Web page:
Math instruction has been weighing heavily on my mind in recent years, so when Kassia tweeted about her new book, I knew I just had to have it! I can honestly say it's been years since I've read a book about math instruction. I've basically been following our Everyday Math curriculum with little regard to individual student needs. Yes, I'd scaffold my instruction and questioning, but I knew that wasn't enough. Forty pages into Math Exchanges, and I was hooked! I was excited about math instruction for the first time in... well, ever!

"Community, rigor, and joy are at the heart of the workshop approach to teaching and learning." (p. 2) What struck me right from the beginning was the connections Kassia makes between literacy instruction and math instruction. She references many Literacy Leaders who have deeply impacted my learning (and teaching.) She also explains the similarities between reading/writing workshops and her Math Exchanges. This is what made it all start to click for me! I love the framework Kassia suggests for Math Workshop, but I also love how she gives many examples and possibilities! She explains how there is no one "right way," which is what I already believe to be true with Literacy Workshops.

"We can make a shift from mathematics as something we simply "do" to a way in which we live our lives, relate to each other, and wonder about our world." (p.3) Starting with statements about what mathematicians do, Kassia describes her math exchanges and how it brings math to life for her students. As the teacher becomes more of a facilitator and coach, students learn to express their ideas, share strategies, and use their mathematical thinking skills to problem solve. Kassia goes on to explain CGI (Cognitively Guided Instruction) and how she groups students so their thinking will change and grow over time. There's a handy-dandy cheat sheet in the Appendix which I'm sure I'll use often! :) I know I'll go back to her "Try it out" sections over and over as well!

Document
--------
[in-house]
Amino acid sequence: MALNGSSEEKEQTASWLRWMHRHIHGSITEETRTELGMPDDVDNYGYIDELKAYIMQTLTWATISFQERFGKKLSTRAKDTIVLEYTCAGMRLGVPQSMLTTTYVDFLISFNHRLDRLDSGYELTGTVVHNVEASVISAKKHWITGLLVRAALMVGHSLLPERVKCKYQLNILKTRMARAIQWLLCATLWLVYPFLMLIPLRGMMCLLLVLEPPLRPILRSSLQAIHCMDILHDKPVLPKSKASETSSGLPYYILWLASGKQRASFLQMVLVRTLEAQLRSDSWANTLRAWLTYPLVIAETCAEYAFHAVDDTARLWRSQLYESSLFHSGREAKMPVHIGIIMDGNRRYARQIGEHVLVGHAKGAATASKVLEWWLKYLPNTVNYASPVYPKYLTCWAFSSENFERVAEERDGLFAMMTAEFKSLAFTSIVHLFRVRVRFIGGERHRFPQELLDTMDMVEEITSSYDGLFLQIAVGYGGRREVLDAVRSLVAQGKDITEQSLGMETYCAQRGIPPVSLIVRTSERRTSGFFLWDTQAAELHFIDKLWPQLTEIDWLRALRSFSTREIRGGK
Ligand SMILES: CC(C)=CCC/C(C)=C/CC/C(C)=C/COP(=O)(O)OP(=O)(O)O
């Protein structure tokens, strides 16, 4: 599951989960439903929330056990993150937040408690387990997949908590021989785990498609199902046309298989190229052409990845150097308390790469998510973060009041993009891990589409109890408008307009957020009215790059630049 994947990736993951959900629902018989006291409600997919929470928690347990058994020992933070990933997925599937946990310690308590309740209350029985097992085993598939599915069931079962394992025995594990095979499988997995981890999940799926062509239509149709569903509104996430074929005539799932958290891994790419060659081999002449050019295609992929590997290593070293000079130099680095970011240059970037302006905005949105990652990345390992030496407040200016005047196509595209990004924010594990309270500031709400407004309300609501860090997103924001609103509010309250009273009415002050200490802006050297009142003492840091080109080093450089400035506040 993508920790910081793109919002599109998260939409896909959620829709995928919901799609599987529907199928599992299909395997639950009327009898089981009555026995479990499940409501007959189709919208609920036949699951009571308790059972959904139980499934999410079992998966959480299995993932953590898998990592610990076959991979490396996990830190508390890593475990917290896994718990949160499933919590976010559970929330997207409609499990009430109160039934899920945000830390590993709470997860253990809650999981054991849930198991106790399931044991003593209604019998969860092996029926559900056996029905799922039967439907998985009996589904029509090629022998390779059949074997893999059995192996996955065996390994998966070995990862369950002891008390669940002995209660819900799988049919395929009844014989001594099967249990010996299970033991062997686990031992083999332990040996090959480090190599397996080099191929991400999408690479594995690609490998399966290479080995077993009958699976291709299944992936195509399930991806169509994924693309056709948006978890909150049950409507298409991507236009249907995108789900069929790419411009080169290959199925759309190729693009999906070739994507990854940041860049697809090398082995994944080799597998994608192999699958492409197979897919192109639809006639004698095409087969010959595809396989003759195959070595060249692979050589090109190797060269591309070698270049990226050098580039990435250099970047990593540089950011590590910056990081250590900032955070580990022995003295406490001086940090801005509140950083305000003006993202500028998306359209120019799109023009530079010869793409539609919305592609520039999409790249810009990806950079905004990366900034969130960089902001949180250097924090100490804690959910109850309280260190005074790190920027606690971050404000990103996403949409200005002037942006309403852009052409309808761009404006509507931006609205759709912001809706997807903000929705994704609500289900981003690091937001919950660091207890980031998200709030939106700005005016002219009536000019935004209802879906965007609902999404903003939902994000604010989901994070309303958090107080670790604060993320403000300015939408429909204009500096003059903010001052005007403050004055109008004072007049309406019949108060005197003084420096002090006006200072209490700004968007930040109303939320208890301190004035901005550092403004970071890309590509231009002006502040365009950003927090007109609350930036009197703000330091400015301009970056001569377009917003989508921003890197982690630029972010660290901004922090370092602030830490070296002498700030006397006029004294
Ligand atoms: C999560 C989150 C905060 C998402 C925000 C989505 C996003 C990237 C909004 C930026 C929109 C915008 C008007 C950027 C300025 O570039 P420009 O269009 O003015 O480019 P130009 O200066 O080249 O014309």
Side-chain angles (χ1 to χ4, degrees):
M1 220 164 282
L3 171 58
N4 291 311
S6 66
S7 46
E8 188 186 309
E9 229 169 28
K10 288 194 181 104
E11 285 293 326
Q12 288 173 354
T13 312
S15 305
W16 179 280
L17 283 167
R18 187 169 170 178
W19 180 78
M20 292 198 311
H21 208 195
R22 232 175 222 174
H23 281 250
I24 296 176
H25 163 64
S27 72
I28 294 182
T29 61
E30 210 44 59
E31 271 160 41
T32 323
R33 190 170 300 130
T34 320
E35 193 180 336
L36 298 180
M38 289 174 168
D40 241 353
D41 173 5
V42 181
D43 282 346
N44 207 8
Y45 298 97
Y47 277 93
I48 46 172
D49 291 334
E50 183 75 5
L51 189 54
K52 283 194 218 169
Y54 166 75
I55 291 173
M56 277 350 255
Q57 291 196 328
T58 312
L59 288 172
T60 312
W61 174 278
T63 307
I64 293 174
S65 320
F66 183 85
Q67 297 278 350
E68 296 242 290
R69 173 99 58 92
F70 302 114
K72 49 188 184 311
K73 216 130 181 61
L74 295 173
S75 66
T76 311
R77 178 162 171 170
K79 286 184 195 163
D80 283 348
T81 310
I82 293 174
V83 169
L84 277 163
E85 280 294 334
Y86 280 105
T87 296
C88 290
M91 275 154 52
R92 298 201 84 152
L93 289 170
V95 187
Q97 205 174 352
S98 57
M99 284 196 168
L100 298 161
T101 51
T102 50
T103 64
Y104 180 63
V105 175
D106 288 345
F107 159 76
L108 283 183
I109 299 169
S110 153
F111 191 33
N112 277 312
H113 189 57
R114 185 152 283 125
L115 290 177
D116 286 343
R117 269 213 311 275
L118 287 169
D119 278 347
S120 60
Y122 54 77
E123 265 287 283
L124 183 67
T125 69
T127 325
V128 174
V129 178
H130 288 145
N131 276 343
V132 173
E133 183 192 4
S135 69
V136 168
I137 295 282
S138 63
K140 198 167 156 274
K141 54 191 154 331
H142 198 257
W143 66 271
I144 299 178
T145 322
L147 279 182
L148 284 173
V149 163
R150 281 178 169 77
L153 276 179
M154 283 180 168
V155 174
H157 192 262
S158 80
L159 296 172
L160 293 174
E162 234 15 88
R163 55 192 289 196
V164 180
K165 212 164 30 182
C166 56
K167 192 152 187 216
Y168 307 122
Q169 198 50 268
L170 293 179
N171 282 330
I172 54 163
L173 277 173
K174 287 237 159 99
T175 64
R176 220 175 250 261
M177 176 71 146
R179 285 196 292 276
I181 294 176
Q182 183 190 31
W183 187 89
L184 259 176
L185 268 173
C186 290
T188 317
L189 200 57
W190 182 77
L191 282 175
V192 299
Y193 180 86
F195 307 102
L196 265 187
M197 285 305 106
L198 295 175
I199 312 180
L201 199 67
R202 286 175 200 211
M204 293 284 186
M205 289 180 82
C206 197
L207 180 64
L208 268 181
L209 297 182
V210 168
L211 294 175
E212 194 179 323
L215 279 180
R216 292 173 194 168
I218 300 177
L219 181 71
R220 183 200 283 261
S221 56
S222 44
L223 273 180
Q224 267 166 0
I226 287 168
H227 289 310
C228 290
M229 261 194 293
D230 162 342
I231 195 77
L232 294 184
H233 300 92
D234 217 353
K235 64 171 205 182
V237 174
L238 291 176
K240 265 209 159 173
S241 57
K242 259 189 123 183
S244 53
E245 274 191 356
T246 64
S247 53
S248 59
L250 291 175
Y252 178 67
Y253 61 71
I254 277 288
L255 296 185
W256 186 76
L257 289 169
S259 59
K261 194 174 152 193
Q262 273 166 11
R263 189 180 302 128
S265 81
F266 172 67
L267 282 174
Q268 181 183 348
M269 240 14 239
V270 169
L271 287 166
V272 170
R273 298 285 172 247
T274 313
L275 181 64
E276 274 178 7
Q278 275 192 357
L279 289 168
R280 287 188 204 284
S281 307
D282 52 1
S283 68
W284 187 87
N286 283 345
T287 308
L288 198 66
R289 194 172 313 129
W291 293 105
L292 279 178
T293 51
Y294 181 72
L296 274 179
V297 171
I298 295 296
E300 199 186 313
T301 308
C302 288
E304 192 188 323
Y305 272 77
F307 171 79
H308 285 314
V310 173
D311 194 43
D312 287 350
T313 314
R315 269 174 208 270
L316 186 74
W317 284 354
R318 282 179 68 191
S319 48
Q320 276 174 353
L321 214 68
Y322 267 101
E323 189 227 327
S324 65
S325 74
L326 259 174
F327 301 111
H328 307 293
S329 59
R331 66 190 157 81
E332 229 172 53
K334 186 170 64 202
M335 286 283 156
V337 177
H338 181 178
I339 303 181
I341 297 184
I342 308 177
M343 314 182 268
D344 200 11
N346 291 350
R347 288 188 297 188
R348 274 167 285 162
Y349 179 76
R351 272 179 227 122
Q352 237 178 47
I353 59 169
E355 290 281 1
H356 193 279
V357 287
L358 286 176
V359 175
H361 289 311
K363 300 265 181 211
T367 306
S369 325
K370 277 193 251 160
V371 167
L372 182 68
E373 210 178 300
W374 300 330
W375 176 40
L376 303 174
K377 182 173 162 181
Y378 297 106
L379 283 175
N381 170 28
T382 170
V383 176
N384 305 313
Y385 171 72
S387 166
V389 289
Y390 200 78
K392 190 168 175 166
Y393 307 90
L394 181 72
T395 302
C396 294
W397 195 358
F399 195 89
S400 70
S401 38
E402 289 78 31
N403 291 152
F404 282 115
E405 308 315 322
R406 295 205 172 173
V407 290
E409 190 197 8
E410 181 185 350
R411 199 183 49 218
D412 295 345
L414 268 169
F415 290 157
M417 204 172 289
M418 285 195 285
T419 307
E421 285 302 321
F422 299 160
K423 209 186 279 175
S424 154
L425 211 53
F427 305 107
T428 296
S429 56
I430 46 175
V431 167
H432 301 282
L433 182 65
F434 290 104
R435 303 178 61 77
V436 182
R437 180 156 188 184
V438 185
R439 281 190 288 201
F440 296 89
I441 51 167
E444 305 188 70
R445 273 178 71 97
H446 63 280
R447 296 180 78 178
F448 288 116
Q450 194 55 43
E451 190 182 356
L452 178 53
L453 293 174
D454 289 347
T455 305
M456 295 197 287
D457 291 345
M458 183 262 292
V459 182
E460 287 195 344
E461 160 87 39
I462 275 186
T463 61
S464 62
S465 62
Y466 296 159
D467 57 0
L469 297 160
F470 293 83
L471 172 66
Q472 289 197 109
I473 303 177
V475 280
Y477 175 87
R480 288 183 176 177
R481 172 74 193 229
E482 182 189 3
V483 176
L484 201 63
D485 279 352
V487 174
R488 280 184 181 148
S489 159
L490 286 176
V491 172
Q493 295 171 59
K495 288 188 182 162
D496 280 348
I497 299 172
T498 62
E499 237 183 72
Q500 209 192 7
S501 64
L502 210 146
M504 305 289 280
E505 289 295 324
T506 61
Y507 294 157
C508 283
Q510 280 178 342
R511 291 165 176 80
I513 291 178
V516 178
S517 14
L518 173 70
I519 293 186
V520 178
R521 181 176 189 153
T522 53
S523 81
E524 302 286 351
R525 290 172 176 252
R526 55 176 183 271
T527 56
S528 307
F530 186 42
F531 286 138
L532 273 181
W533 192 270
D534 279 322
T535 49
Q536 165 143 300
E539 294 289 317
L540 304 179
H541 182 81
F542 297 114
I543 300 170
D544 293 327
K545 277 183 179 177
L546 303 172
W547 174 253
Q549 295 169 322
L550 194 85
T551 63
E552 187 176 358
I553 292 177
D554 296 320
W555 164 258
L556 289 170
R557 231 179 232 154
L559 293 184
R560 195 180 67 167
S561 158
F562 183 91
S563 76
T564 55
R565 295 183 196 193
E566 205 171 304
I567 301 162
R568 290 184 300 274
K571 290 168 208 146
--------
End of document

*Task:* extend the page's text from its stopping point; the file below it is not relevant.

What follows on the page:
Two packages of Post-it flags later, I finished reading Math Exchanges! I know that I will keep it close at hand as I begin implementing Math Workshop and Math Exchanges with my first graders. As any good reader does, I asked myself lots of questions before, during, and after I read Kassia's book. Lucky for me, I also got to ask Kassia! Here's our Q&A session!

Me: Over the past 5 years, we've found children in our building are lacking in basic math fact knowledge. What do you think of math fact practice such as Mad Minutes or Rocket Math?

Kassia: I think it is important to question the message that these kind facts programs send to our children about math. Math is only about spitting out quick answers. Math is about how quick you are at facts. Math is a race. This simply is not true. Some of the greatest mathematicians of our time (and past) do not excel at fact recall. They exceed at problem-solving, innovation, creativity. This is where I think we should be spending the majority of our focus in our math workshop.